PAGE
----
How to Prepare for a Bikram Yoga Class
Bikram yoga isn't for the faint of heart. Done in a 105-degree room with the humidity set around 40 percent, a 90-minute Bikram class will test your limits and challenge your level of fitness. If you're attending this form of hot yoga for the first time, you'll want to take a few minutes to prepare yourself for this grueling, yet fulfilling, yoga workout.
With Bikram yoga, it's not enough to bring a bottle of water to class. You must be hydrated properly before you arrive. If you're taking a class first thing in the morning, this means hydrating the night before. Around an hour before the class begins, slow down on the water intake, so you don't have to practice with a full bladder and be tempted to leave the room.
While you can bring water to the class, be careful that you're not chugging it between each pose. It could make you feel uncomfortable and even get sick. Instead, sip it when necessary. Don't forget to drink plenty once your practice is over.
Plan Your Meals
While you should have eaten enough for energy during the class — and to reduce the risk of getting lightheaded and dizzy due to not enough food — avoid eating for at least two hours before you practice. Too much food in your belly can cause you to feel nauseated.
A couple hours before your class, have a light snack. Some good options include peanut butter and apple slices or a nutritious granola bar.
Be prepared, too, to eat a small meal after your class to replenish the energy you used during practice. Eat plenty of protein, such as a Greek yogurt, turkey jerky or hardboiled eggs. Some simple sugar in the form of whole fruit can help quickly replenish your glucose stores.
Prepare yourself for a tough yoga class with Bikram.
Dress for Success
As you expect, Bikram yoga is hot. Therefore, clothing items such as long pants, long-sleeved tops or those made out of fabric that doesn't wick away moisture, such as cotton, should be skipped. While it might make you uncomfortable to don skimpy clothing, form-fitting shorts, a sports bra and a moisture-wicking tank top are the best options. For men, wear shorts or swim trunks and a tank top, or consider going shirtless. The clothing will be soaked by the time you're finished, anyway.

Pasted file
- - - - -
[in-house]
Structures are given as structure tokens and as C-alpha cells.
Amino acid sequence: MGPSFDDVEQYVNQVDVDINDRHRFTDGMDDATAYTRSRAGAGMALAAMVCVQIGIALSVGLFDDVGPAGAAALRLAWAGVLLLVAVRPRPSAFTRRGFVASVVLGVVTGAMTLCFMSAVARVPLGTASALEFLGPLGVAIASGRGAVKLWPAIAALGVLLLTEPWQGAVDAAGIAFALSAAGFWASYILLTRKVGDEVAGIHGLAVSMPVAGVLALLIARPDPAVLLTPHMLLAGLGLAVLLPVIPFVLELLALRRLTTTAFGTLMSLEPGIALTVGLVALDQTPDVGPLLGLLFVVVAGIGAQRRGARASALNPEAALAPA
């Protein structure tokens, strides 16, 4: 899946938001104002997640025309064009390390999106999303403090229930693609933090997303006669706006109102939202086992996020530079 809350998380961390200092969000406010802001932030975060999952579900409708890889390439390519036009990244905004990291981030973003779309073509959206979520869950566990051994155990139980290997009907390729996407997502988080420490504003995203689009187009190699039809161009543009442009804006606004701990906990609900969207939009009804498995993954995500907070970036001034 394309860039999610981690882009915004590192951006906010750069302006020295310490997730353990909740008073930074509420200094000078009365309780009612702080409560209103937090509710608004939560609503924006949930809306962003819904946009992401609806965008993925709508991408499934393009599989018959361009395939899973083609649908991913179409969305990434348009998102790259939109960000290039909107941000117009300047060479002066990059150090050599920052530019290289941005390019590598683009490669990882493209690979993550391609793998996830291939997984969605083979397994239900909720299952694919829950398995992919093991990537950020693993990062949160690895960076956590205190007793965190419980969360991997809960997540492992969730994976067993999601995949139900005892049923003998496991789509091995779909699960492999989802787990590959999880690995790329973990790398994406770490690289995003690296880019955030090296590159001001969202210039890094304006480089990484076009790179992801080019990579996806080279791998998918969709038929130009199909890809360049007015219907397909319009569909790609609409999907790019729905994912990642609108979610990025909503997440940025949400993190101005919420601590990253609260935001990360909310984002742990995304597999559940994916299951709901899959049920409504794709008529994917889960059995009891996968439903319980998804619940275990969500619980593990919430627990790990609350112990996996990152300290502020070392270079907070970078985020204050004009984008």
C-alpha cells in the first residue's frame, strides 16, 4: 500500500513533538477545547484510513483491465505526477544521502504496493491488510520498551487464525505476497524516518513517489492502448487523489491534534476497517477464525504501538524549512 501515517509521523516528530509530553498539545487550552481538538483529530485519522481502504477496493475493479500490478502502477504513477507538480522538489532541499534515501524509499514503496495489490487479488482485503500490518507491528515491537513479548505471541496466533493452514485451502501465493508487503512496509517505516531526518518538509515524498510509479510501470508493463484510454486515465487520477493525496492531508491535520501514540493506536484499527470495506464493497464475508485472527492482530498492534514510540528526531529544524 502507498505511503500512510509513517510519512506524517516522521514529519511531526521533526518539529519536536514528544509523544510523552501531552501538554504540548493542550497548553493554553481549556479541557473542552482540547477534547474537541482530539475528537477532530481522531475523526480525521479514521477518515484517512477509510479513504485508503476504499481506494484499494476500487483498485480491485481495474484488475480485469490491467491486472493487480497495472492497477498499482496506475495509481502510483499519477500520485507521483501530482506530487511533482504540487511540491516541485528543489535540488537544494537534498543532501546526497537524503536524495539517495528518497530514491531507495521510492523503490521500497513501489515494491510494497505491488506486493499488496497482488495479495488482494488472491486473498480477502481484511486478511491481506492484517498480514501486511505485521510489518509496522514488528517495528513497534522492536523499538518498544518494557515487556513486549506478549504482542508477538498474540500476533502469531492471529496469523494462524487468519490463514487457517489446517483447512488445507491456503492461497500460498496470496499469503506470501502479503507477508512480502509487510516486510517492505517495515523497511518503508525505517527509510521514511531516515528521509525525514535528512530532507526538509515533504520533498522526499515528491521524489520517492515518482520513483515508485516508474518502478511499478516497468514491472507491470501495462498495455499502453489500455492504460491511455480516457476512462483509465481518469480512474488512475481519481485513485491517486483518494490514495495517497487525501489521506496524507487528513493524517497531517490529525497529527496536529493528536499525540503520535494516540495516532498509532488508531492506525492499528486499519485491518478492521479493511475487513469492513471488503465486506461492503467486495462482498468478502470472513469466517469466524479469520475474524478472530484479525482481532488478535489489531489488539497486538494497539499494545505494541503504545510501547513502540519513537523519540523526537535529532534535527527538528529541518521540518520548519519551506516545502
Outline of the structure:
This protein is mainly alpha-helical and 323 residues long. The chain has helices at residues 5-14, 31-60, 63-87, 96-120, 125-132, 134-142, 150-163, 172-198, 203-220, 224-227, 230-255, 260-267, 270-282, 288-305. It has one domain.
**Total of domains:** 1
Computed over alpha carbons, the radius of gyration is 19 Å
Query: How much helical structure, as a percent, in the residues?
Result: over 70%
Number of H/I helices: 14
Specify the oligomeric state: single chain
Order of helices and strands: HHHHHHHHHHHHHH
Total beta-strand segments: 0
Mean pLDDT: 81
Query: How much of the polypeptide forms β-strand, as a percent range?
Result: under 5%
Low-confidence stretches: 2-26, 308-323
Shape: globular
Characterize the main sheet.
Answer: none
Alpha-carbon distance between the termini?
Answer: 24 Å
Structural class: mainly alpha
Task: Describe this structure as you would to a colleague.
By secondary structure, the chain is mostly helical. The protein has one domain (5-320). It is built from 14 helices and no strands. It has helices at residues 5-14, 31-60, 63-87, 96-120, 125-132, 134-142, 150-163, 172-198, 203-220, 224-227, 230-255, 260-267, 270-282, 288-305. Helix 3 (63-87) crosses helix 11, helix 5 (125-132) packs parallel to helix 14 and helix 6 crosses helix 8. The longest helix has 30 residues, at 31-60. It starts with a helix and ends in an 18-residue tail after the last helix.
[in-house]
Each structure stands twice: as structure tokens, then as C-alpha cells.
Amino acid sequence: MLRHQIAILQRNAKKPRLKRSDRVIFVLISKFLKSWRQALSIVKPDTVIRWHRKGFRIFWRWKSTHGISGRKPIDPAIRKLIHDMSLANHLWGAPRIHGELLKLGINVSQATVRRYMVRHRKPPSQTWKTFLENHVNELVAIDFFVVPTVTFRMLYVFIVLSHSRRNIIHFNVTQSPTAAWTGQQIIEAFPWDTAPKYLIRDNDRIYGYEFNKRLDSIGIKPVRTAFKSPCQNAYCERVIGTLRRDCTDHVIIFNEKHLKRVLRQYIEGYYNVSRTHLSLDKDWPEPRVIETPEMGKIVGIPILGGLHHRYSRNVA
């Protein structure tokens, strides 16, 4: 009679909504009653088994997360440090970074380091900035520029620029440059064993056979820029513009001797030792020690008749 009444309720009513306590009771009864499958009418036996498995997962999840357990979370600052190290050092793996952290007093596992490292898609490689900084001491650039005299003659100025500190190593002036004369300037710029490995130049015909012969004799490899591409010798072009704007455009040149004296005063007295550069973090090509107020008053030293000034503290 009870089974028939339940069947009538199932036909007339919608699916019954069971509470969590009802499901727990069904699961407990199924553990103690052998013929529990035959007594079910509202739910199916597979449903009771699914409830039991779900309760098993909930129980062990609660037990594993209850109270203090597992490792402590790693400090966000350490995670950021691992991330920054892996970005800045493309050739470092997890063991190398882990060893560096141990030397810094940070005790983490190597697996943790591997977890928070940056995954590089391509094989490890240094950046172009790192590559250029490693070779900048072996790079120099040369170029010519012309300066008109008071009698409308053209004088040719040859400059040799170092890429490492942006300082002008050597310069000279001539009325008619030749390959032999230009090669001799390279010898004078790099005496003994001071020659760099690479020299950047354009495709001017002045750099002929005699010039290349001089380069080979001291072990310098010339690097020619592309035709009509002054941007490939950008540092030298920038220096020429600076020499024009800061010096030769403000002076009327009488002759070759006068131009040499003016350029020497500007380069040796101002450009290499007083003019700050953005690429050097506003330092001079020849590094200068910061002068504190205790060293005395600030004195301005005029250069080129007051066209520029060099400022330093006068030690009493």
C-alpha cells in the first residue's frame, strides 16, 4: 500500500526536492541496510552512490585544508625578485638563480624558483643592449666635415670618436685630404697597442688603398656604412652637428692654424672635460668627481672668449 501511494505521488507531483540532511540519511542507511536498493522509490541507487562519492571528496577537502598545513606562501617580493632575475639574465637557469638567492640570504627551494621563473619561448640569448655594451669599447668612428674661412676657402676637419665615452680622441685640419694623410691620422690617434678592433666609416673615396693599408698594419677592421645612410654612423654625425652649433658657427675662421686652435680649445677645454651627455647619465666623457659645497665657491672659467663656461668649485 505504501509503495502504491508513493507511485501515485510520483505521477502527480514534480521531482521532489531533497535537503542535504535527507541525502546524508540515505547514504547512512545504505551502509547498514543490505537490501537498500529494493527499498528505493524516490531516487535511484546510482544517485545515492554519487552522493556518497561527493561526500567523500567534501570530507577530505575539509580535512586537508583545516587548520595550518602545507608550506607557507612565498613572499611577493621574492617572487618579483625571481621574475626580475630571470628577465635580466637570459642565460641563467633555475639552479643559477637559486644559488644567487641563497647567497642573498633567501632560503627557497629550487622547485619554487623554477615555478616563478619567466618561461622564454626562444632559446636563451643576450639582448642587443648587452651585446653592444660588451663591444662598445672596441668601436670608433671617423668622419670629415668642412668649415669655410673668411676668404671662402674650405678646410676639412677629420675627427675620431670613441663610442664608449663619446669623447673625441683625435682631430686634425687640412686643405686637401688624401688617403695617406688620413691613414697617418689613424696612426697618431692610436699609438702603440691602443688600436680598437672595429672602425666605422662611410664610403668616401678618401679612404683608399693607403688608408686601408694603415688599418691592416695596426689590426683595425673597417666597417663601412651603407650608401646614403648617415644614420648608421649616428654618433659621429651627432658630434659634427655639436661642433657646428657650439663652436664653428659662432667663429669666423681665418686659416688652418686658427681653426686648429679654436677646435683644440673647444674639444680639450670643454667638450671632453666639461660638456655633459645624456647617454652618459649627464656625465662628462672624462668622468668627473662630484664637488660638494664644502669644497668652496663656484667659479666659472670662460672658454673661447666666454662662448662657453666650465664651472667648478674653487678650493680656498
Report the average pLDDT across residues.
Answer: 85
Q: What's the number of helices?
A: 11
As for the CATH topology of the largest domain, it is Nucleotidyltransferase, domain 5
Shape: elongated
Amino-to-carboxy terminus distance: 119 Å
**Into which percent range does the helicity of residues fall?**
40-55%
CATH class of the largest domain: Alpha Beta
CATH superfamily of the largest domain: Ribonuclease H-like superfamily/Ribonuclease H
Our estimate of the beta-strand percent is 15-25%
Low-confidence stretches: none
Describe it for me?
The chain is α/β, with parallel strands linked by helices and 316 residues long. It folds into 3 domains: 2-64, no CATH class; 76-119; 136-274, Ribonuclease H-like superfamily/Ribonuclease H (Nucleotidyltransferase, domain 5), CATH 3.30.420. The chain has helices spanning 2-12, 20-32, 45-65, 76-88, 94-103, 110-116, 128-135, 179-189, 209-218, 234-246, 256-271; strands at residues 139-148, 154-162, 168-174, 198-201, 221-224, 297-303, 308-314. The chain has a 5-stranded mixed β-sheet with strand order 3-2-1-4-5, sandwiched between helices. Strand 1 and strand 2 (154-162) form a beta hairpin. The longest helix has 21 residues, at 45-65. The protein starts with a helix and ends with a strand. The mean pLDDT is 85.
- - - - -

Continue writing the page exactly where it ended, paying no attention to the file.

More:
Consider packing an extra outfit for after class, as you'll be very sweaty. If you head out into chilly weather wearing wet clothing, the coldness will be magnified.
Bring the Right Equipment
You might be able to rent a yoga mat and towel from the studio, but you may feel more comfortable bringing your own, due to the amount of sweat that drips on the mat. Bring two towels, one for your mat and one for your body, to wipe away the sweat. If you think you'll need water, bring your own bottle to sip on.
While you'll be tempted to wipe away every drip of sweat that your skin produces, try to limit your towel's swipes. Sweat is your body's natural way of cooling yourself down, and constantly wiping it away not only is distracting, but it also means your body will have a harder time regulating its temperature.
Get There Early
If you're new to the studio, it's beneficial to arrive early — you might have to fill out some paperwork — and tell the teacher that you're a beginner. The teacher can help set some expectations for the class, call out modifications for beginners and help you set up your mat. Some studios have "cool spots," where a draft or a fan is located, and these places are ideal for beginners — the instructor can point you in the right direction.
Adjust Your Attitude
It's tempting to glance around the room during a class and compare yourself to other people, whether it's their bodies or their flexibility. Stay focused on your own practice and in tune with the posture and how your body feels.
If the heat is getting to you, don't hightail it out of the room. Instead, move out of the pose and into a seated position or even Child's pose. Even if you stay seated for the entire practice, you'll have benefited your body by making it through the entire 90 minutes.
Kelsey Casselbury is a freelance writer and editor based in central Maryland. Her clients have included Livestrong, School Nutrition magazine, What's Up? Media, American Academy of Clinical Chemistry, SmartBrief and more. She has a formal education in personal training/nutrition and a bachelor's degree in journalism from The Pennsylvania State University.